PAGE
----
But after an unsuccessful run in the Stanley Cup Playoffs that ended in a disappointing loss to the Chicago Blackhawks in the Western Conference First Round, the Blues are moving away from Miller and again turning to a familiar face.
The team announced Monday that it resigned goalie Brian Elliott to a three-year, $7.5 million extension and will team Elliott with incumbent Jake Allen for the 2014-15 season, meaning Miller will become an unrestricted free agent in July.
Elliott-Allen tandem in the worksBy Pete Jensen - NHL.com Fantasy Insider
With veteran Brian Elliott poised to become the No. 1 and rookie Jake Allen ready to compete for starts, St. Louis Blues goaltenders are still worth targeting. READ MORE ›
In 19 regular-season games with the Blues, Miller went 10-8-1 with a 2.47 goals-against average and .903 save percentage, and followed it with a 2-4 record, 2.70 GAA and .897 save percentage in six Stanley Cup Playoff games.
Blues general manager Doug Armstrong chose to move on with the tandem of Elliott and Allen, the American Hockey League goalie of the year this past season with the Chicago Wolves.
"We took a calculated gamble of bringing in Ryan and we didn't have the success that we needed as an organization," Armstrong said in a conference call. "Certainly it was not all reflected on Ryan. It's a team game and as an organization we're all responsible, but it was additional payments necessary to Buffalo if we signed Ryan that would have basically meant moving back a full round in the draft from a first to a second round and adding a third-round pick. We just felt at this time it was better for us to go with Elliott and go with Jake Allen. They provide us with a good tandem as we move forward."
Had the Blues made the Western Conference Final or resigned Miller, the Blues also would have sent the Sabres their 2014 first-round pick, while the Blues would have received Buffalo's 2014 second- and third-round picks.
If the Blues trade Miller's rights prior to making their first pick at the 2014 NHL Draft, they will have to send their 2014 first-round pick and a 2016 third-round pick to the Sabres but will get back the Sabres' 2014 second- and third-round picks. If they trade his rights after the draft the Blues will send the Sabres a 2016 second-round pick to complete the trade.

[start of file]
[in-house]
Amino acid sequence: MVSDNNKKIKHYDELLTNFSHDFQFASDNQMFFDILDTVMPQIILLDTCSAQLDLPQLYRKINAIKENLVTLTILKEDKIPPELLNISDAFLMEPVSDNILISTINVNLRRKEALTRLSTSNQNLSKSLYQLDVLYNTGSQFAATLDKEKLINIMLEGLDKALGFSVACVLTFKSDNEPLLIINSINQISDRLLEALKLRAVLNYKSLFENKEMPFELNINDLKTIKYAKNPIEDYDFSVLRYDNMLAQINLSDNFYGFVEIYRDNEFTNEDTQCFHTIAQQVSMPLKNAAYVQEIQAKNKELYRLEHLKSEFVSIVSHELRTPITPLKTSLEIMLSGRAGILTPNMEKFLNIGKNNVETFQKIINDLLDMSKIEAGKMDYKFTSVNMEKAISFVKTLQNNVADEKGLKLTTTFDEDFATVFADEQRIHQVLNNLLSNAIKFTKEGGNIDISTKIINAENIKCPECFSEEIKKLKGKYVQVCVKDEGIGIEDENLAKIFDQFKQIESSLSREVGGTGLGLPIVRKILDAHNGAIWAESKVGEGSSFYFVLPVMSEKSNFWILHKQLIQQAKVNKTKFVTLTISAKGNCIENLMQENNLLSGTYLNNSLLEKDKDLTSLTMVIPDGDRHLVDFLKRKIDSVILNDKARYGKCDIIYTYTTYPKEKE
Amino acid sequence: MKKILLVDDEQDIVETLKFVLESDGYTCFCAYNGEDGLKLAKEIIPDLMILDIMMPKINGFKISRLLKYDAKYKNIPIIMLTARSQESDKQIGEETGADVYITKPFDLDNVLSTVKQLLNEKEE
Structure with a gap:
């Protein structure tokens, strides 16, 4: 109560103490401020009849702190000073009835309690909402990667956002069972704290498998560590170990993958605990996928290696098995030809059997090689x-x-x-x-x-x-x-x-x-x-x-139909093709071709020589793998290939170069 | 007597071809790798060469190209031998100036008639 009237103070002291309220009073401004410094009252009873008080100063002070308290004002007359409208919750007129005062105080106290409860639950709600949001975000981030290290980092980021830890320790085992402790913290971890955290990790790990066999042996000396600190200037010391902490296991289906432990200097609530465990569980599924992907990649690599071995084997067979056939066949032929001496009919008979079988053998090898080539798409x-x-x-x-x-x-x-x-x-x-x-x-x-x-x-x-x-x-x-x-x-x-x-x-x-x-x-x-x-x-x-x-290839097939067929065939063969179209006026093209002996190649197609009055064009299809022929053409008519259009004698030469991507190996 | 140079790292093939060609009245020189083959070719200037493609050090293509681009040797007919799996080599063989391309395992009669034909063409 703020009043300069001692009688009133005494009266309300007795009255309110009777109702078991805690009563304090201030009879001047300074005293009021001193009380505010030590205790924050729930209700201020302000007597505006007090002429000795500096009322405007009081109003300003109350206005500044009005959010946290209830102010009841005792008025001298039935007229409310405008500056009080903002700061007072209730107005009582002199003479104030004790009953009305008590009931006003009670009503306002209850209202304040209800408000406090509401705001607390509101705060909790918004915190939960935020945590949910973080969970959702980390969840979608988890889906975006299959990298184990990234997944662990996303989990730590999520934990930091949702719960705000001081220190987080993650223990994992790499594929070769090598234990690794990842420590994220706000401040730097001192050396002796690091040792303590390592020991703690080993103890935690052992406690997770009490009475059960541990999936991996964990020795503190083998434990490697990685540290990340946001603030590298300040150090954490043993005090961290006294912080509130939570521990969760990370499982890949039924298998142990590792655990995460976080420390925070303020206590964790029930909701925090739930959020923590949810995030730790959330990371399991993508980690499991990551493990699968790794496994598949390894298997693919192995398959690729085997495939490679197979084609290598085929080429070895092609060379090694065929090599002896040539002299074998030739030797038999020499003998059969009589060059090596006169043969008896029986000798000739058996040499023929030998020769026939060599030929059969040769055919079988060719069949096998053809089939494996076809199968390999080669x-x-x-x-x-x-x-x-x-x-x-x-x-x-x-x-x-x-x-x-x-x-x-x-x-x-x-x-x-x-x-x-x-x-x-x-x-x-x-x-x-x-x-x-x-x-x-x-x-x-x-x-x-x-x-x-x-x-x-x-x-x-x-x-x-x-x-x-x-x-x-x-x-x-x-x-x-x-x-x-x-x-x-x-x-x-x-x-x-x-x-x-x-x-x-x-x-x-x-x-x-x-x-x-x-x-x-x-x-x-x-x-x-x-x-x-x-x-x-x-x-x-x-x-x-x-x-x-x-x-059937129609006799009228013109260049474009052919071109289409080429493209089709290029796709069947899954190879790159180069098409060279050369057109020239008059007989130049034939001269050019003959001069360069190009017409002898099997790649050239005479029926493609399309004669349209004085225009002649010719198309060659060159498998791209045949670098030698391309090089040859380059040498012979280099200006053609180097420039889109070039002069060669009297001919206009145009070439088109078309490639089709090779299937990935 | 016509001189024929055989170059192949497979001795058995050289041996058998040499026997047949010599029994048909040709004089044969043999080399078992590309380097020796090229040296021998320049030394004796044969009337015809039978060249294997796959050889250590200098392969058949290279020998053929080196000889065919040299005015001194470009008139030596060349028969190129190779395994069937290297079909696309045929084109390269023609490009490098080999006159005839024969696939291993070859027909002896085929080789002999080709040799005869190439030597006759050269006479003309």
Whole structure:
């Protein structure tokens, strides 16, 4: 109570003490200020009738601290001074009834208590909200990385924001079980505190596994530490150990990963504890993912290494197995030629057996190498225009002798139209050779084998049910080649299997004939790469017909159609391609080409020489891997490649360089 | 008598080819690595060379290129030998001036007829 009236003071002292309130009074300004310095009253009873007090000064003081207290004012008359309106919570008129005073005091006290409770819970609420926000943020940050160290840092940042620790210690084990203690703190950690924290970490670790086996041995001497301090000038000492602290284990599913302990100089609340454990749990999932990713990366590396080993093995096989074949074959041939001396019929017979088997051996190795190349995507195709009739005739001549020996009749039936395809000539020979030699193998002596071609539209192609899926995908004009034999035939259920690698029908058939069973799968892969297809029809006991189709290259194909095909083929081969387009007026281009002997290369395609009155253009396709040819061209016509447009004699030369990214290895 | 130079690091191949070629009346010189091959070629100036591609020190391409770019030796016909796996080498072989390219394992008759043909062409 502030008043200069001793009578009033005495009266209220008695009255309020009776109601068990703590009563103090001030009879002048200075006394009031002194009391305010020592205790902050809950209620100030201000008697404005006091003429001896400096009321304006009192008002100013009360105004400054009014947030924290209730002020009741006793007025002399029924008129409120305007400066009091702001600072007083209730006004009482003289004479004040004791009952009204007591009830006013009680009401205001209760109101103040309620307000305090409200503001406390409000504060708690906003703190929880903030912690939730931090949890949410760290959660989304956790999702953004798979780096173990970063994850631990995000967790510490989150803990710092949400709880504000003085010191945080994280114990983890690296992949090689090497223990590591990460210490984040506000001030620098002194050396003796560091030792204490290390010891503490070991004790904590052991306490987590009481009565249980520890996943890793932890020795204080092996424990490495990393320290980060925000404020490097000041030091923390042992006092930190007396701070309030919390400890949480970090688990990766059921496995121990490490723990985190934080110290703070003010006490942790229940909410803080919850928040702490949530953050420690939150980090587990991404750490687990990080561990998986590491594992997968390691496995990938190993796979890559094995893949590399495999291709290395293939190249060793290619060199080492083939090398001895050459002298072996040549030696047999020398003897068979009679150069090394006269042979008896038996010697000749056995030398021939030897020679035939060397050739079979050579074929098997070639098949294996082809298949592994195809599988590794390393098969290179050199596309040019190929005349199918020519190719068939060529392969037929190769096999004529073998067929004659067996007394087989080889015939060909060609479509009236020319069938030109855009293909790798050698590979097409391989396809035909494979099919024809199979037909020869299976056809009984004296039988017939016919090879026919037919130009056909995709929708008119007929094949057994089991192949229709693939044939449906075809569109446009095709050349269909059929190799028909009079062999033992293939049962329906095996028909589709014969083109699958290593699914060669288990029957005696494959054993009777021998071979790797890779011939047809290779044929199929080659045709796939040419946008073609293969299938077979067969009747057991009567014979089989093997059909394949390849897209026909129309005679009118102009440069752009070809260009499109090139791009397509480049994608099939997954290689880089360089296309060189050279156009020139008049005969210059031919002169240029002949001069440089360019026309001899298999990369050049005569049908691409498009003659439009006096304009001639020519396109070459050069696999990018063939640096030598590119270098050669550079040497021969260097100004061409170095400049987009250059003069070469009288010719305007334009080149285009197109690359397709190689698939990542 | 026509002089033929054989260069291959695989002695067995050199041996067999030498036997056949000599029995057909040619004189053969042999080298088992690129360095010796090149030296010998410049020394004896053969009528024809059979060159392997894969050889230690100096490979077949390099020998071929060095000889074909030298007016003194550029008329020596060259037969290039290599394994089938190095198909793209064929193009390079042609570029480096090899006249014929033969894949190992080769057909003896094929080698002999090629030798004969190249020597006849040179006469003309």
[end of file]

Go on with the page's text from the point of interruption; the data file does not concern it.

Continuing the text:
Miller was considered the missing piece for the Blues, who felt like they had the necessary tools in all other areas to make a deep postseason run and perhaps win the franchise's first Stanley Cup. But after going 7-0-1 in his first eight games with the Blues, he won five of his final 17 regular-season and playoff games.
Armstrong said he did have conversations with Miller and his camp, including agent Mike Liut. While Armstrong would not discuss specifics, a source indicated that Miller's monetary asking price was too steep for the Blues to move forward.
"I had a meeting with Ryan at the end of the year," Armstrong said. "I told him I'd get in touch with him. I talked to him last week. We've gone in this direction and we're excited with the tandem we have.
"We certainly gave up quite a bit to get Ryan. ... That's why the trade was made. It didn't work out that way obviously. This job is about second-guessing. That's the industry that I've chosen to be in. You make calculated decisions. You move forward. If they work you're hailed as a genius. If they don't work you're a dummy. We took a swing and at the end of the day we didn't accomplish what we needed to."
The 29-year-old Elliott, who would have become an unrestricted free agent in July, has done nothing but win since joining the Blues prior to the 2011-12 season. His 23-10-4 record with a League-leading 1.56 GAA and .940 save percentage in 2011-12 was part of a tandem with Halak that helped the pair win the William Jennings Trophy.
Elliott is 55-24-7 in three seasons with the Blues. He went 18-6-4 with a 1.96 GAA and .922 save percentage this season but was on the bench during the postseason.
"When I talked to him at the end of the season his desire was to go to an organization where he could compete as a No. 1 goaltender and now we provide him with that," Armstrong said of Elliott. "He came here as an unknown and if you look at his save percentage and his goals-against average and his win-loss record, his numbers are very good. He's been through the maturation.
"When we got to the trade deadline, we didn't make a move because we didn't believe in [Elliott]. We made a move because we thought Miller could make a difference and take us to the Stanley Cup. That hasn't happened and now we move forward as an organization. Brian Elliott has done everything asked of him."
With Elliott, whose contract kicks in at $2.5 million per season (a raise of $1.9 million from last season) and Allen, whose contract will pay him $800,000, the Blues have $3.3 million tied up in their goaltending, which should free up money to pursue necessary ingredients to help them offensively; a lack of goal scoring has been a major reason for recent early playoff eliminations.
"We're always trying to improve our team, and if we can do that you look at there's still six weeks before July 1; you never know who's going to be there," Armstrong said. "... We have to make good, strong, calculated business decisions on July 1 and if we can improve our team on that date, we will. But it's going to have to be in the feeling that it's something that it improves us for the term of the contract."
The Blues are in search of a goalie coach after Corey Hirsch was not brought back. They have filled one assistant coaching position with the addition of former Carolina Hurricanes coach Kirk Muller, who replaced Gary Agnew, who also was not retained.